Poetry and Performance (1) – Approaching UNESCO World Poetry Day 2016
Recordings and vocal chords, author and speaker, recitation or modulation: In preparation of the World Poetry Day lyrikline is going to address the diverse topic of poetry and performance. Starting with recording situations and classical readings we want to focus on theoretical approaches to performance as well as multimedia presentations of poetry. A posting about great sound poetry performers and the celebration of the World Poetry Day on the 21st of March mark the beginning of a new year full of poetry, readings and performances.
In addition there will be a daily release of poetry that is new on lyrikline featuring poets from around the world. But before we start with the various ways of presenting a poem...
…let´s have a look at PERFORMANCE:
The term performance describes artistic actions that require a simultaneous presence of one or more performers and an audience. In everyday language performance suggests a certain level of entertainment or is being used to describe mixtures between art forms like literature and music. When we asked the audience of Literaturwerkstatt Berlin they told us that a performance should have an “extra” or something “unusual” and that it could also include improvisations.
Do those expectations match the theoretical approaches of performance theory?
The term performance appeared on the field of philosophy of language around the mid twentieth century and is still is being used to describe speaking as a performative act stating and transforming a reality (speech act theory). With the performative turn of the anthroposophical studies all culture was being discussed as performative.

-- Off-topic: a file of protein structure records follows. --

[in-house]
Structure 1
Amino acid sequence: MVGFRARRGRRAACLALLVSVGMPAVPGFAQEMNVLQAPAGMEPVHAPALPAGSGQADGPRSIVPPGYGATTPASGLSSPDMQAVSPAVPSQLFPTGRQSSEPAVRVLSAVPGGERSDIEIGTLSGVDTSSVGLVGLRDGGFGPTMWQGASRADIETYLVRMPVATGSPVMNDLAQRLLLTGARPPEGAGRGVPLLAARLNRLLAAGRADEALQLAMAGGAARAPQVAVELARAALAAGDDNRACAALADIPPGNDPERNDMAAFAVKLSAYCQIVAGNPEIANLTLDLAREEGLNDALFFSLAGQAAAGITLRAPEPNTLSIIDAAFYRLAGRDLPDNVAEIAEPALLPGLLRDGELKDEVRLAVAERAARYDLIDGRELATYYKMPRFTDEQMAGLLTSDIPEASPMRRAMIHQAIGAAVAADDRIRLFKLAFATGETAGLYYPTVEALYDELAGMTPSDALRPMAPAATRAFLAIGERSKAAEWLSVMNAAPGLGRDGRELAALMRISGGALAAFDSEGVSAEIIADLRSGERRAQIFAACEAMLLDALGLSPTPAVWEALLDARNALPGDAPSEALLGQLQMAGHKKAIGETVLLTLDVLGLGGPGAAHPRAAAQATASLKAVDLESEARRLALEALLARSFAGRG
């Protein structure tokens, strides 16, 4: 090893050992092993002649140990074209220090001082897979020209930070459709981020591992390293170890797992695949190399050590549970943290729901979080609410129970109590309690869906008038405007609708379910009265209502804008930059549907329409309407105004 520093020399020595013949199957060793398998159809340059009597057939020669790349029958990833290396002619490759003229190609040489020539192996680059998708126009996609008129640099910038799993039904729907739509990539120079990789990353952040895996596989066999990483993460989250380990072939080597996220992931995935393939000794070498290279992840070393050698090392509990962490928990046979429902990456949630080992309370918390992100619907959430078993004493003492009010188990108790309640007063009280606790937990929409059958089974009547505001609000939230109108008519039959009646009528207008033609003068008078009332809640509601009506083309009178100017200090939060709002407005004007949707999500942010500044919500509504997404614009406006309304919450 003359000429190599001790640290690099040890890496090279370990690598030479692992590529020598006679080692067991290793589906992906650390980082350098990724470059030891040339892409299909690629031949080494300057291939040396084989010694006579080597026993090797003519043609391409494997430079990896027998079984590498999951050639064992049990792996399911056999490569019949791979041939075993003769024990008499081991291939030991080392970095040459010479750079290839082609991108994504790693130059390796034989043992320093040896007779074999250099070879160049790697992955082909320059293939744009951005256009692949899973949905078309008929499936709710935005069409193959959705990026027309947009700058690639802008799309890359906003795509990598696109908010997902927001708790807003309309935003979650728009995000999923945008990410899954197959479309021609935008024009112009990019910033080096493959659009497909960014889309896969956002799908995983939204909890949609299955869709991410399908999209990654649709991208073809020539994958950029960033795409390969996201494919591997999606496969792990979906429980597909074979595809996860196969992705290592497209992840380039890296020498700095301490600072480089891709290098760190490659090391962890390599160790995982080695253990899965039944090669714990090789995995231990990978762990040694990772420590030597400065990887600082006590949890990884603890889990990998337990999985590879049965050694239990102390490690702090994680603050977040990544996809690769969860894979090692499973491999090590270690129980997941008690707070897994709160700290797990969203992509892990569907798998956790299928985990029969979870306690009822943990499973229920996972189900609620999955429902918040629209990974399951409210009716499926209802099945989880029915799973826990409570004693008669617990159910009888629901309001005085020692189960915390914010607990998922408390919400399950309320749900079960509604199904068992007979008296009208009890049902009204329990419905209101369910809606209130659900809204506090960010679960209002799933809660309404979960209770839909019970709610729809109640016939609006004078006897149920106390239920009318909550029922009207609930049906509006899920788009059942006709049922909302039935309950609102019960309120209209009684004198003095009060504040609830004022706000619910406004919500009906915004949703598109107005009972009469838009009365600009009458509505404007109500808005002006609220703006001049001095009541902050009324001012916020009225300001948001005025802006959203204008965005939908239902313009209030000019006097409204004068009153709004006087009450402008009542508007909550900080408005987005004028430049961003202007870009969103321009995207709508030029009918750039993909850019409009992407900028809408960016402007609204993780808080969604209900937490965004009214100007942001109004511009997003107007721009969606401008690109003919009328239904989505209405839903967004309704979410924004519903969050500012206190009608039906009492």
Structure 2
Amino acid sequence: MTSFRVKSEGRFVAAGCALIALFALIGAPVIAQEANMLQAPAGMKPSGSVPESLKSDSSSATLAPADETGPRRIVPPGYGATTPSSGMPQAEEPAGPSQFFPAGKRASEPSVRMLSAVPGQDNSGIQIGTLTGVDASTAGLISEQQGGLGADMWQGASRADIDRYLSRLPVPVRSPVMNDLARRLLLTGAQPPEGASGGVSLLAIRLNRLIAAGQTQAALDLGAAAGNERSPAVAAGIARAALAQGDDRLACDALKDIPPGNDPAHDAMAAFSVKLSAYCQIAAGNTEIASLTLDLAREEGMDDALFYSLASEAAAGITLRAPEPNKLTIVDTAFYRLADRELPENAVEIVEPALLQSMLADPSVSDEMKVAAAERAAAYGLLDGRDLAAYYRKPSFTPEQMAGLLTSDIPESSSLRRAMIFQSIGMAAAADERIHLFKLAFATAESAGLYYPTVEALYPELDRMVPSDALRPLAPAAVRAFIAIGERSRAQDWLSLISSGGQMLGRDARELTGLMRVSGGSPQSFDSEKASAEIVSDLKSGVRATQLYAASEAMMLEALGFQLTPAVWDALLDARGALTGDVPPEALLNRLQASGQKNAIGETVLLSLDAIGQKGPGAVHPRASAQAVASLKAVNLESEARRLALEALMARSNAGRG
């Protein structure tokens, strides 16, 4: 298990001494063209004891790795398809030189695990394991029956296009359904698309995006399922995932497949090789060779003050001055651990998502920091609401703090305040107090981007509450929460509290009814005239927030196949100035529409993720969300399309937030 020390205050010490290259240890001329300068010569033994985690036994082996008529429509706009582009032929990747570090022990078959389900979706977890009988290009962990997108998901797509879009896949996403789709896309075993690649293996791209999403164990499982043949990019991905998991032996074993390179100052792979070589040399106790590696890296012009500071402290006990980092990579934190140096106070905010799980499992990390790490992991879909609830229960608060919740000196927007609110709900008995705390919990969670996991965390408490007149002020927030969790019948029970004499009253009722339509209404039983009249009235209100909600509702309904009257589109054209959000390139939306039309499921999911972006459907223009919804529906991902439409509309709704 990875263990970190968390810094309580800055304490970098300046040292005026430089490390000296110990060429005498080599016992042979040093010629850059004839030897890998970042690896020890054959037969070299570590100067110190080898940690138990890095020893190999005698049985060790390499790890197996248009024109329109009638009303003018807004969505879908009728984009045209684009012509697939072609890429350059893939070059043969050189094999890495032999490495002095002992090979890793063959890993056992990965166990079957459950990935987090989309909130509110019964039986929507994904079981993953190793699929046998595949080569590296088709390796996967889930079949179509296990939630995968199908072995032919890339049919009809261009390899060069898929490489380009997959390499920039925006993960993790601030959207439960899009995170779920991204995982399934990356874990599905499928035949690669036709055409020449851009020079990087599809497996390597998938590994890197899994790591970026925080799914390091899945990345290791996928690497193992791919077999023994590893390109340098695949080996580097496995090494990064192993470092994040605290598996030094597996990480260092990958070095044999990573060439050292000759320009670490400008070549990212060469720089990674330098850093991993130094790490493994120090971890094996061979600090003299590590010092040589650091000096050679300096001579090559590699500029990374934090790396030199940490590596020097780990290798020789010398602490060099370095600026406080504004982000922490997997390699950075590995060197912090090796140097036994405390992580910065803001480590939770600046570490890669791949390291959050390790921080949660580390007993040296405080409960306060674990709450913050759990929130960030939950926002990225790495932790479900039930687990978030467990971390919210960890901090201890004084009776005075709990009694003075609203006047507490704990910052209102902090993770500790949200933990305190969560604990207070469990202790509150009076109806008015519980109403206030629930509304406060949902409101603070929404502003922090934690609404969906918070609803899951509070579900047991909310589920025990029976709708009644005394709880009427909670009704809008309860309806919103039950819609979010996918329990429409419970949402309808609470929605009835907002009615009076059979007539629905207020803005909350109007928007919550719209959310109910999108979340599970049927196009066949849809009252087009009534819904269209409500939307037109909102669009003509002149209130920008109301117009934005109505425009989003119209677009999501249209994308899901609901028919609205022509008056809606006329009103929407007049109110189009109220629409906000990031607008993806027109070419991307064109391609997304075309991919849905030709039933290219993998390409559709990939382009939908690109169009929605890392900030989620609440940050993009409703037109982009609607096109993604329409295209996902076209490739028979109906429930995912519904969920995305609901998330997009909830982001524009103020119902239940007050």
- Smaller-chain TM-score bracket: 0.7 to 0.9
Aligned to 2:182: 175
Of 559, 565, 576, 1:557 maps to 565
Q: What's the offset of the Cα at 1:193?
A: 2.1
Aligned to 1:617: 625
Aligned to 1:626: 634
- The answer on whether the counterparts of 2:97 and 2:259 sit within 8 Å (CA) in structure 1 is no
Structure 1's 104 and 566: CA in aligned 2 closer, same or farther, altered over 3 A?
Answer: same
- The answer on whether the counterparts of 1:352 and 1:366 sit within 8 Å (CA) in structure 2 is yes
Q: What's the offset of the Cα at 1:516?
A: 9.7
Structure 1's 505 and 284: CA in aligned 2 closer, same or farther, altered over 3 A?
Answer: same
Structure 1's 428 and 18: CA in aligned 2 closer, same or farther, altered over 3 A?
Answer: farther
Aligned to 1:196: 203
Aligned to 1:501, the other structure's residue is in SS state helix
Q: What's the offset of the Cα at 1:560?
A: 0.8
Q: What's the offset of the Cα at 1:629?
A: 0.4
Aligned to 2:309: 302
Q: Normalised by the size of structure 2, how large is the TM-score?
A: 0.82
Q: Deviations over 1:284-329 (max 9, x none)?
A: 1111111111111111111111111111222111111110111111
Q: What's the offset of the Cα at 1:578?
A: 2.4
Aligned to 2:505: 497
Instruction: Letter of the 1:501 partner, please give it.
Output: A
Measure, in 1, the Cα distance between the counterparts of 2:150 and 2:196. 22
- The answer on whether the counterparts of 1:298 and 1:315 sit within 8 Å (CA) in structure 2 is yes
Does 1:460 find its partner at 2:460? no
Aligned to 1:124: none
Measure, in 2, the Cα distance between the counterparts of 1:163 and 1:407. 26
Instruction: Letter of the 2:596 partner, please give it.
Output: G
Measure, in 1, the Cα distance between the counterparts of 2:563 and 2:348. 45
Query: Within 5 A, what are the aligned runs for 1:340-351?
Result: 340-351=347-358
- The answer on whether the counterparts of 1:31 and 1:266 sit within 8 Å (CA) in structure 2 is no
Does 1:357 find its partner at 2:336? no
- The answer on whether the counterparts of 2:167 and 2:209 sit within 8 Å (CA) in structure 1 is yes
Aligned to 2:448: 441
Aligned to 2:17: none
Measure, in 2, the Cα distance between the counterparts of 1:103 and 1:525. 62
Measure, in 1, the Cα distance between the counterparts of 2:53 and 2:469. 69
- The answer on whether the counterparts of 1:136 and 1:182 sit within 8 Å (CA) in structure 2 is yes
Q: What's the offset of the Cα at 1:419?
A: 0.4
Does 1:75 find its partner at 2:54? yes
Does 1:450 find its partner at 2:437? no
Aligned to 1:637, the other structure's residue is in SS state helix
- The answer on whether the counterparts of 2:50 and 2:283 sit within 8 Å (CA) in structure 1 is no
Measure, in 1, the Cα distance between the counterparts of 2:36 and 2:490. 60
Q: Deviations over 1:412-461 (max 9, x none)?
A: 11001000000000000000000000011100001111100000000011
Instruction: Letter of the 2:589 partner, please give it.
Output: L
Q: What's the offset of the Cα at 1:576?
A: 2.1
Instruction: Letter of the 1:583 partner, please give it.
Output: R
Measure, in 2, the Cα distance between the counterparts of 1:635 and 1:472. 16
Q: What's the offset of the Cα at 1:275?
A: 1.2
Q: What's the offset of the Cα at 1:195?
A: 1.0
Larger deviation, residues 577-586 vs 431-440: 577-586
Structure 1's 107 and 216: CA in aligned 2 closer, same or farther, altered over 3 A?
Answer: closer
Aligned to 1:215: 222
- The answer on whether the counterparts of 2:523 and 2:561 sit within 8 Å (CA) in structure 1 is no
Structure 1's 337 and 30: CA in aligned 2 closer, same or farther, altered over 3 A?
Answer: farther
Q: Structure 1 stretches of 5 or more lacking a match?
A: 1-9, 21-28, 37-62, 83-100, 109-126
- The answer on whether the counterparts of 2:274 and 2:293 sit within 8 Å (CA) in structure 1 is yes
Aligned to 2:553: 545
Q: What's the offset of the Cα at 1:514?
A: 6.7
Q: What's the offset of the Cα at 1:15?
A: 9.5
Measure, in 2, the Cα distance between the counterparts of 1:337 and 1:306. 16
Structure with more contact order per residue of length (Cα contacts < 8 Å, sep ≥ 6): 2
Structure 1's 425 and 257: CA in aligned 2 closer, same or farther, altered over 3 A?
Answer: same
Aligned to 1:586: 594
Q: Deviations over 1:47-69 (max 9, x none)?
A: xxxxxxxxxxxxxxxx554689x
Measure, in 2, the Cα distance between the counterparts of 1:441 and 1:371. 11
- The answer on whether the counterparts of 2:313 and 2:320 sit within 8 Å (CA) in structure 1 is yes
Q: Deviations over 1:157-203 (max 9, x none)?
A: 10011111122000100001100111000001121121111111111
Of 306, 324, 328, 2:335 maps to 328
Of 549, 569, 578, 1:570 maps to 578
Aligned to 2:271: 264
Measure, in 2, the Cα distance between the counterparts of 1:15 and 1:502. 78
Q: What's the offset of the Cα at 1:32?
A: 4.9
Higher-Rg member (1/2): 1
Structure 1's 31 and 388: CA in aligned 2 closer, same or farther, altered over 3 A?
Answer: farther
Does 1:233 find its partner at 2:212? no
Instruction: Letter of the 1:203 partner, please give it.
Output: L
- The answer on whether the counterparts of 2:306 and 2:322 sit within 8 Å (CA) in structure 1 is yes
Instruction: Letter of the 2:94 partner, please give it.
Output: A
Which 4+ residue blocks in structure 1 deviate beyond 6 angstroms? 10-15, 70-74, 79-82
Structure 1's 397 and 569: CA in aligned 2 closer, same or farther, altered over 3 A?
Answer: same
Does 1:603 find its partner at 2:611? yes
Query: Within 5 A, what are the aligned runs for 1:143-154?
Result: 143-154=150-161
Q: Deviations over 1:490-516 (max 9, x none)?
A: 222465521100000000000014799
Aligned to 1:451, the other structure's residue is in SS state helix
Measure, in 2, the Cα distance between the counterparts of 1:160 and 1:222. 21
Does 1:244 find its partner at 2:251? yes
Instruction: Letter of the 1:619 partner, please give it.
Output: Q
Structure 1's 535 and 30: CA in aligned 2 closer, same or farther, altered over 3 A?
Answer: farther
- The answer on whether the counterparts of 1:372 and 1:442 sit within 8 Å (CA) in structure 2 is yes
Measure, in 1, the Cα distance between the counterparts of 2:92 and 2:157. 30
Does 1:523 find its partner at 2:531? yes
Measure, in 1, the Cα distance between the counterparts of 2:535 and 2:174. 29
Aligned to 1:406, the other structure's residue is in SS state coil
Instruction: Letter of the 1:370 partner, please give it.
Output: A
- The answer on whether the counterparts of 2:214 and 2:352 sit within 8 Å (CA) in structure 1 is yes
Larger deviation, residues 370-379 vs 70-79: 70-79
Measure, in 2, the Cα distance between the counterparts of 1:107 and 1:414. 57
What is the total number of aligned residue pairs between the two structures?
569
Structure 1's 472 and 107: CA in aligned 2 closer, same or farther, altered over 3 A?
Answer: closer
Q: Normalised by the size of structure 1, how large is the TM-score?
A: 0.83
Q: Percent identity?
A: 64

The ground breaking artistic actions of the Fluxus movement or of artists like Marina Abramović at the end of the twentieth century could no longer be covered by the traditional categories of art and art forms. On indoor stages and out on the streets performances started to take place that would interact with the audience. Instead of presenting a completed work of art processes and interactions became an artistic event of an ephemeral and therefore unique character. The performers appeared as themselves. Their acts were different from the illusionistic moves of common actors. During a performance art and reality coincide.
Is that what the audience at the Literaturwerkstatt Berlin meant by expecting something “extra” of a performance?
A performative approach questions the primacy of the written above the oral. It allows a new relation between producer and consumer and of the divide between theory and practice. Insufficient concepts like the ones of originality or authenticity are being replaced by questions that aim at an individual aesthetic experience.
But what has poetry to do with all of that? The German poet and scientist Anja Utler states that the reading of poems has so far not often been the object of performative reflection. But is it not here that the relations between language, sound and voice, of presence and the crossing of borders are being approached? What would a performative reflection look like? And what is the role of the audience? In an interview Anja Utler answers our questions about the perception of spoken poetry. A short summary of the German interview will be published on Thursday. How the authors experience a reading of their own poetry will be our subject for tomorrow.
For previous World Poetry Days we discussed subjects like poetry and refugees, poetry and film, translation of poetry or various poetological approaches. We had a look at the work spaces of authors and searched for historical performances of poets. All previous postings can be found at world-poetry-day.